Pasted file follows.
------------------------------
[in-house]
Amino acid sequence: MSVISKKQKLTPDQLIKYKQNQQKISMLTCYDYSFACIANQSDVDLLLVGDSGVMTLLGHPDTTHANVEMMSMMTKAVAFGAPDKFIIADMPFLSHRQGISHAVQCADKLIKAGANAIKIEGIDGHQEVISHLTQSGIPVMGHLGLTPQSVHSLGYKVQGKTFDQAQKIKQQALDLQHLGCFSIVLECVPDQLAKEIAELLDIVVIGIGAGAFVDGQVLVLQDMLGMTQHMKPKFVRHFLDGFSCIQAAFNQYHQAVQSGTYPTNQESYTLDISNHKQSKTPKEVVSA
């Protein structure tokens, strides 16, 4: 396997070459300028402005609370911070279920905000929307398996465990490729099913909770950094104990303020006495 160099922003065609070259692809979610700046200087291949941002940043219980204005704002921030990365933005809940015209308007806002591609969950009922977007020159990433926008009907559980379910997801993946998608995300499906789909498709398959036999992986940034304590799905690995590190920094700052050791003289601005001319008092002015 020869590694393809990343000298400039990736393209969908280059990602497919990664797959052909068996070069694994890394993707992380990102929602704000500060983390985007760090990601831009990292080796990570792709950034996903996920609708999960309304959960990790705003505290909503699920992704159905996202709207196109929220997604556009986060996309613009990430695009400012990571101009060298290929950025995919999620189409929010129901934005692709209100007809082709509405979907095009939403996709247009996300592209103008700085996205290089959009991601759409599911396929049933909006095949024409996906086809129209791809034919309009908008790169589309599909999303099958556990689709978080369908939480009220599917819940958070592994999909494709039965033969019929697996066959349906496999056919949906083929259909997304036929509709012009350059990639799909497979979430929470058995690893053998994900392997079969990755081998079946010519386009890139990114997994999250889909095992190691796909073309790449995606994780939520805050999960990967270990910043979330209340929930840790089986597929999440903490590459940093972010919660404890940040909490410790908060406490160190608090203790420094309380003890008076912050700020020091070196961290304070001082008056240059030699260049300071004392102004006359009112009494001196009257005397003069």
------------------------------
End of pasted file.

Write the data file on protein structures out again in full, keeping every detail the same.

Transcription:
[in-house]
Amino acid sequence: MSVISKKQKLTPDQLIKYKQNQQKISMLTCYDYSFACIANQSDVDLLLVGDSGVMTLLGHPDTTHANVEMMSMMTKAVAFGAPDKFIIADMPFLSHRQGISHAVQCADKLIKAGANAIKIEGIDGHQEVISHLTQSGIPVMGHLGLTPQSVHSLGYKVQGKTFDQAQKIKQQALDLQHLGCFSIVLECVPDQLAKEIAELLDIVVIGIGAGAFVDGQVLVLQDMLGMTQHMKPKFVRHFLDGFSCIQAAFNQYHQAVQSGTYPTNQESYTLDISNHKQSKTPKEVVSA
């Protein structure tokens, strides 16, 4: 396997070459300028402005609370911070279920905000929307398996465990490729099913909770950094104990303020006495 160099922003065609070259692809979610700046200087291949941002940043219980204005704002921030990365933005809940015209308007806002591609969950009922977007020159990433926008009907559980379910997801993946998608995300499906789909498709398959036999992986940034304590799905690995590190920094700052050791003289601005001319008092002015 020869590694393809990343000298400039990736393209969908280059990602497919990664797959052909068996070069694994890394993707992380990102929602704000500060983390985007760090990601831009990292080796990570792709950034996903996920609708999960309304959960990790705003505290909503699920992704159905996202709207196109929220997604556009986060996309613009990430695009400012990571101009060298290929950025995919999620189409929010129901934005692709209100007809082709509405979907095009939403996709247009996300592209103008700085996205290089959009991601759409599911396929049933909006095949024409996906086809129209791809034919309009908008790169589309599909999303099958556990689709978080369908939480009220599917819940958070592994999909494709039965033969019929697996066959349906496999056919949906083929259909997304036929509709012009350059990639799909497979979430929470058995690893053998994900392997079969990755081998079946010519386009890139990114997994999250889909095992190691796909073309790449995606994780939520805050999960990967270990910043979330209340929930840790089986597929999440903490590459940093972010919660404890940040909490410790908060406490160190608090203790420094309380003890008076912050700020020091070196961290304070001082008056240059030699260049300071004392102004006359009112009494001196009257005397003069």